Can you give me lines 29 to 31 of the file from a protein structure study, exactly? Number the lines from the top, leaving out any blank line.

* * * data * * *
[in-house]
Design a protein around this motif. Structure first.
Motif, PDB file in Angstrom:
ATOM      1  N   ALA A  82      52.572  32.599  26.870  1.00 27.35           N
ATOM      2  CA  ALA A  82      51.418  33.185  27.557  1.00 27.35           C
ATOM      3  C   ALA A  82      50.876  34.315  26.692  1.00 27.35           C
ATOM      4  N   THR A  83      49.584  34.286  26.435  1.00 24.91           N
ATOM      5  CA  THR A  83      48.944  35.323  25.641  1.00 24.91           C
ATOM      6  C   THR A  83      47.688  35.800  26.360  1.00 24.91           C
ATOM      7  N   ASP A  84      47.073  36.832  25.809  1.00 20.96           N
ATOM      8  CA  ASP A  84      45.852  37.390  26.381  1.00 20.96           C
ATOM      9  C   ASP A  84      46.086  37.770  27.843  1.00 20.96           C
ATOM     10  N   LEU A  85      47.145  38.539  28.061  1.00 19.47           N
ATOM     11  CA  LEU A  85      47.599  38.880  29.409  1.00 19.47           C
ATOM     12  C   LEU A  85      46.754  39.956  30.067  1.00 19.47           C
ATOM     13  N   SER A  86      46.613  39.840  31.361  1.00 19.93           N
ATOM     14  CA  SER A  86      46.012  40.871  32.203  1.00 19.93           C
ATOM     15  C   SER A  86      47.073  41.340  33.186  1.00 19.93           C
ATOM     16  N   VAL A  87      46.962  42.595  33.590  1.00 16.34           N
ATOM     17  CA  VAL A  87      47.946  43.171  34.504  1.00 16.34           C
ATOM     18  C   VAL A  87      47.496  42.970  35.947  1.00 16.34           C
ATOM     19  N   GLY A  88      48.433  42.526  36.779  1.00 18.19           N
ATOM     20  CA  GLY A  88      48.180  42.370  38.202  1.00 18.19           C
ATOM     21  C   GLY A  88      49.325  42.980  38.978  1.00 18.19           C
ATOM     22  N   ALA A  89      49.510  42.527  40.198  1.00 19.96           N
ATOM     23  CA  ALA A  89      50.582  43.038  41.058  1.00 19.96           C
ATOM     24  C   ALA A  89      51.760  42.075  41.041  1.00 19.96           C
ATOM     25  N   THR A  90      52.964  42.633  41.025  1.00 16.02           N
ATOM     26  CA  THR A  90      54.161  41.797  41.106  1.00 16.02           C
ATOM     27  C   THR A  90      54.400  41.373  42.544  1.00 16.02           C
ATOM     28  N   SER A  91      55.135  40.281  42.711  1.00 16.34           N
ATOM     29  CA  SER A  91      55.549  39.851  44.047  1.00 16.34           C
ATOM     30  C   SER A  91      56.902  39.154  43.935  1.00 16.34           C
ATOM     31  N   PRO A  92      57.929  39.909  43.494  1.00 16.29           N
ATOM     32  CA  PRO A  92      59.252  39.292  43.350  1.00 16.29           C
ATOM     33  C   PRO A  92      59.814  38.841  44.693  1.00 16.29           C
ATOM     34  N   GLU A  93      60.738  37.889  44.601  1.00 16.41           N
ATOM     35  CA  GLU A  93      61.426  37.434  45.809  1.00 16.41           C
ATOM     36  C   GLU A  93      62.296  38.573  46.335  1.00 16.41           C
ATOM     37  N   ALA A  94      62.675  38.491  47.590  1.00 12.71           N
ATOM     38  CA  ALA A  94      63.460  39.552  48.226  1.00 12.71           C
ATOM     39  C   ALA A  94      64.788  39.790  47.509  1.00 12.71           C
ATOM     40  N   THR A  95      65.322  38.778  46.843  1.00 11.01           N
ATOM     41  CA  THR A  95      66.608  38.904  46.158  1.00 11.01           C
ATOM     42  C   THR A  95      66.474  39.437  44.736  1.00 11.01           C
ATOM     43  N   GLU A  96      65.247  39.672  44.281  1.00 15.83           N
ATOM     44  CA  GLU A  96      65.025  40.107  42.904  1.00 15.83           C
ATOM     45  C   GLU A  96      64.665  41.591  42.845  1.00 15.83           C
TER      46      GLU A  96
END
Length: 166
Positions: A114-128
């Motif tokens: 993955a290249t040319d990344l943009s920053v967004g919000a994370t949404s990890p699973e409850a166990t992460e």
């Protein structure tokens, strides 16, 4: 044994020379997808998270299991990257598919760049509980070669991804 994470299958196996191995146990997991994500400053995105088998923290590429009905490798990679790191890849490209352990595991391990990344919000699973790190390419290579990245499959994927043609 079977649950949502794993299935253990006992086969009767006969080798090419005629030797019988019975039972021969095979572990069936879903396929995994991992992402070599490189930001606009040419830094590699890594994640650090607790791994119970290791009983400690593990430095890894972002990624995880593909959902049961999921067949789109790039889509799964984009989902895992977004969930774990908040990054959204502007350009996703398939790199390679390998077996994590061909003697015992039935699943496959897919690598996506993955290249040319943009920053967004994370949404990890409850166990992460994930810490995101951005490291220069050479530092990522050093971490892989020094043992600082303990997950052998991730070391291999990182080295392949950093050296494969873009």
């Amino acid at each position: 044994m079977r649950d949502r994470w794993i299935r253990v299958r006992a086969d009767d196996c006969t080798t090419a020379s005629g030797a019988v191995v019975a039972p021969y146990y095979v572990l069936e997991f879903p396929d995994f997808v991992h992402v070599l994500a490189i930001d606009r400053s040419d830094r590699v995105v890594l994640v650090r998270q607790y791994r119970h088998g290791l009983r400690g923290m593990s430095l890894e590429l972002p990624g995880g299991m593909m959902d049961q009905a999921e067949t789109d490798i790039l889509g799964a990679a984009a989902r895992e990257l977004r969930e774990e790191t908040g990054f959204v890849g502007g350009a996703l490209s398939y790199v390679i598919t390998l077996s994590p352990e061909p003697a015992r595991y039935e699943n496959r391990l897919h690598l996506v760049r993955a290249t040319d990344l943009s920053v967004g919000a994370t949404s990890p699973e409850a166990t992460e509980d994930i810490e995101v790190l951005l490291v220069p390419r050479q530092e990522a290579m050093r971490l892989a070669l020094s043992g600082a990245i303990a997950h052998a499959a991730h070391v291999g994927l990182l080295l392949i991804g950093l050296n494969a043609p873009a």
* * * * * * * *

ATOM     26  CA  THR A  90      54.161  41.797  41.106  1.00 16.02           C
ATOM     27  C   THR A  90      54.400  41.373  42.544  1.00 16.02           C
ATOM     28  N   SER A  91      55.135  40.281  42.711  1.00 16.34           N